How do you soothe a panic attack?
In the moment, it may feel like there’s nothing you can do to help soothe your mind and body, but there are a few helpful tips that doctors and therapists recommend to help anchor yourself and calm down if you’re experiencing a panic attack.
First, talk yourself through it. Tell yourself that the symptoms are just a result of anxiety. Remind yourself that you’ll get through it. While it’s scary, the panic itself is not dangerous. Talking through it can remind you to live in the moment and ground you in reality.
Breathing is also an important skill to understand while experiencing a panic attack. If you’re hyperventilating, a common symptom, try breathing slowly, gently and deeply in through your nose and out through your mouth. Close your eyes and focus on your breathing and you should start feeling better within minutes.
Another tactic that therapists recommend is to count colors. This grounding technique requires you to count and name the colors around you. You can say them out loud or just note them in your mind. Doing this can help distract you from the anxiety mounting in your mind and bring you back to earth.
If you want a somewhat quick reliever, grab something cold. Therapists say that the shock of an ice cube or a damp, cool washcloth on the skin can help center you. It can also help alleviate other symptoms, such as hot flashes and sweating.
Finally, always have someone to call. Make sure you have a trusted friend or family member you can turn to when you’re experiencing these intense emotions. Giving them a call when you start to feel these symptoms can be incredibly helpful; just talking to someone about what you’re feeling can help stabilize you in a moment of fear.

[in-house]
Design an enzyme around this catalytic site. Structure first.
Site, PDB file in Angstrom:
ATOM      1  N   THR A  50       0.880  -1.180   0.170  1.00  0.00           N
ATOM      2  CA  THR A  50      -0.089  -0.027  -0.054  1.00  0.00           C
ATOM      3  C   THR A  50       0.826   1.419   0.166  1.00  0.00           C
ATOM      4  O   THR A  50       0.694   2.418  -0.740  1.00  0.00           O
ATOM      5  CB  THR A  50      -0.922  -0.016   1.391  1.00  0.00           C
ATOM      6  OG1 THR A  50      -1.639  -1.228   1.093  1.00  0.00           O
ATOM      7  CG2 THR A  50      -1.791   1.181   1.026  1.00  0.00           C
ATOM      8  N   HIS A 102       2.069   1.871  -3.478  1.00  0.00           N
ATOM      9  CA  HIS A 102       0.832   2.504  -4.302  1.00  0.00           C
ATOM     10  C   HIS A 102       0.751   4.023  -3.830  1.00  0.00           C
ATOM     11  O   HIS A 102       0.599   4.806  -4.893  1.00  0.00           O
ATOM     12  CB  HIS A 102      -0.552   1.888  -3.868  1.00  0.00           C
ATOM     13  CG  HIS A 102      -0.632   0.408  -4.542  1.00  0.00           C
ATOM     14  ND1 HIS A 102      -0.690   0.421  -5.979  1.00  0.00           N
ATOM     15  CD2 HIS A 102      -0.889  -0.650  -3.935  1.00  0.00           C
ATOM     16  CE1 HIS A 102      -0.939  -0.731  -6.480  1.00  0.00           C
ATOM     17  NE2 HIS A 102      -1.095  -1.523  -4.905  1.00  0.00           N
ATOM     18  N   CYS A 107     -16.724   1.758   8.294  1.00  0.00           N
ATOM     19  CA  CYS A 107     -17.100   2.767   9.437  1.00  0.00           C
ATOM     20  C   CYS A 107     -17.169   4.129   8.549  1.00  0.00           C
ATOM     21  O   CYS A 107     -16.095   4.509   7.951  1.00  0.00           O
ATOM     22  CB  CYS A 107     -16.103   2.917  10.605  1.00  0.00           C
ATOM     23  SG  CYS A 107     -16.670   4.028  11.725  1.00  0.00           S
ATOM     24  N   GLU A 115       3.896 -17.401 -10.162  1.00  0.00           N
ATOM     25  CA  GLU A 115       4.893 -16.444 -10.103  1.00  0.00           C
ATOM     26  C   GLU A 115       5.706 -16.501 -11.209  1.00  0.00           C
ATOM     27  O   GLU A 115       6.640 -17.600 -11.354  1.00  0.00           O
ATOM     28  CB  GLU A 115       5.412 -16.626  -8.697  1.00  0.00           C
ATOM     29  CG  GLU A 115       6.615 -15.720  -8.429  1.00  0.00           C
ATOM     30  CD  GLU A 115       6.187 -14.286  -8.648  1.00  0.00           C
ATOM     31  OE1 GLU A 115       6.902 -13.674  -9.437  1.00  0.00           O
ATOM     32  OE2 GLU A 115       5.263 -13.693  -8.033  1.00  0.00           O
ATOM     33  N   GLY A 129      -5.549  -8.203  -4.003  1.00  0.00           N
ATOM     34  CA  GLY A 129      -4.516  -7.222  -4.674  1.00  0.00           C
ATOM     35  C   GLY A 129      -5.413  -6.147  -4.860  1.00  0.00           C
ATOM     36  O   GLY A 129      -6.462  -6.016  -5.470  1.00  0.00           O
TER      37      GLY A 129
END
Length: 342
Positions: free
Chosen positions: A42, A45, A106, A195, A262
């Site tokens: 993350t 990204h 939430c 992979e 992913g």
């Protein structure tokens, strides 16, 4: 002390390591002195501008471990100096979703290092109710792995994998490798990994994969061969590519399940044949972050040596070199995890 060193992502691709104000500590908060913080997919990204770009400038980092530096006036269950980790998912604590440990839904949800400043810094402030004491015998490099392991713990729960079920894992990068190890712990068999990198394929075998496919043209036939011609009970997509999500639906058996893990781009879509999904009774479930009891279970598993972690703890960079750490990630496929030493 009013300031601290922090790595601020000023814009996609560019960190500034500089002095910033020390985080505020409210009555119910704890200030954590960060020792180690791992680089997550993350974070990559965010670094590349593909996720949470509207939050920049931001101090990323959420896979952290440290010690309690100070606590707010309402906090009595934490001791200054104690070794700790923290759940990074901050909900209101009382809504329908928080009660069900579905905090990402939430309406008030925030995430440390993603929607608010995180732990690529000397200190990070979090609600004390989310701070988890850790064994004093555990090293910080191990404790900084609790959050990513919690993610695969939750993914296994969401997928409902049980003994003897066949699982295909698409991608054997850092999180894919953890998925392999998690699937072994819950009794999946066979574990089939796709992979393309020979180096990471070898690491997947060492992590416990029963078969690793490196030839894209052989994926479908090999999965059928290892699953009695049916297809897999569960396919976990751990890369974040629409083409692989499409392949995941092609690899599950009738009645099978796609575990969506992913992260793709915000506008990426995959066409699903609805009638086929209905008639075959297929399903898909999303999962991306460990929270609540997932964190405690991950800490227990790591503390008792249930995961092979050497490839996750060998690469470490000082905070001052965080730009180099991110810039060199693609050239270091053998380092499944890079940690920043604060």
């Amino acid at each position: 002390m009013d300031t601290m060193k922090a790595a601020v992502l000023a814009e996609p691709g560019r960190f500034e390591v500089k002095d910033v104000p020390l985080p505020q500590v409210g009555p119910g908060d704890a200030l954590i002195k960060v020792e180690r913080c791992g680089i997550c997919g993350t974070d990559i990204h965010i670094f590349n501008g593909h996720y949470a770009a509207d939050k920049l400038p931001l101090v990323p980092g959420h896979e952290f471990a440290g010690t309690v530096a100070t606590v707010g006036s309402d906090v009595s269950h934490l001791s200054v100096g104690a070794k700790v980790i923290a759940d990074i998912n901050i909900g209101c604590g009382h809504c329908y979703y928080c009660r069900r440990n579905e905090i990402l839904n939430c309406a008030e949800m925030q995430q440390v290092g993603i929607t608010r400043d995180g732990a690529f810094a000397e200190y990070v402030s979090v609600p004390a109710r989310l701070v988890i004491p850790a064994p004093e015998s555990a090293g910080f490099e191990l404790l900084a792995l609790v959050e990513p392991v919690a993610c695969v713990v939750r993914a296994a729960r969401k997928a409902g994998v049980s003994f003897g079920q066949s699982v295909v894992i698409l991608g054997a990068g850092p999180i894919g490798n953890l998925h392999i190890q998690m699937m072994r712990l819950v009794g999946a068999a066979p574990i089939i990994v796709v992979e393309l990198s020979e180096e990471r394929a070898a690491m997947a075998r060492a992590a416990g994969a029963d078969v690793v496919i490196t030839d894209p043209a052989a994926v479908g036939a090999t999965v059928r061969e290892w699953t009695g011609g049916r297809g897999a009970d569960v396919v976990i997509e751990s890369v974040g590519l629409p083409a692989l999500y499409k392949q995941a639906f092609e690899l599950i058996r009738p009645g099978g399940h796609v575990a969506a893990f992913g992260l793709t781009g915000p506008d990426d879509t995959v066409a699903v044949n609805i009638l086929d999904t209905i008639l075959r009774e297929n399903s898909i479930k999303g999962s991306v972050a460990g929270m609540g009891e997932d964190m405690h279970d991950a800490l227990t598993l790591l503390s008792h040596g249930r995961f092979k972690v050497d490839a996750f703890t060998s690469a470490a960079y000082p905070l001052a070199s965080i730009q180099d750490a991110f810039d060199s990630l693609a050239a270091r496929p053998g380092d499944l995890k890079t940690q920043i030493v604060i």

How do you prevent a panic attack?
There is no sure way to prevent panic attacks. They sometimes come from a certain trigger, but they can also seemingly appear out of nowhere with no discernible trigger or stressor. However, there are several recommendations that therapists and doctors make for those experiencing multiple panic attacks or those who are fearful of another one occurring.
If you have recurring panic attacks, seek out help. Whether it be through a doctor or a therapist, get treatment before your attacks start getting worse. The therapist route can be helpful as forms of cognitive behavioral therapy seem to be the most effective treatment. Talking through your emotions and experiences with someone else can help change your thought patterns and desensitize you to the underlying stress that may be triggering attacks. You can also talk to a doctor about medications, including antidepressants or serotonin reuptake inhibitors (S.S.R.I), which can help manage anxiety and prevent panic attacks in the future.
Many people may only experience one or two panic attacks throughout their entire lifetime. However, if you’re someone who has experienced recurrent, unexpected panic attacks or have spent periods worrying about when you might experience your next attack you might have a condition called panic disorder. If that’s the case, we recommend talking to your doctor to find out what treatments are available or visiting a therapist to figure out what could be the common cause.
Have you had a panic attack? Share your experience with us @VALLEYMag on Twitter and Instagram.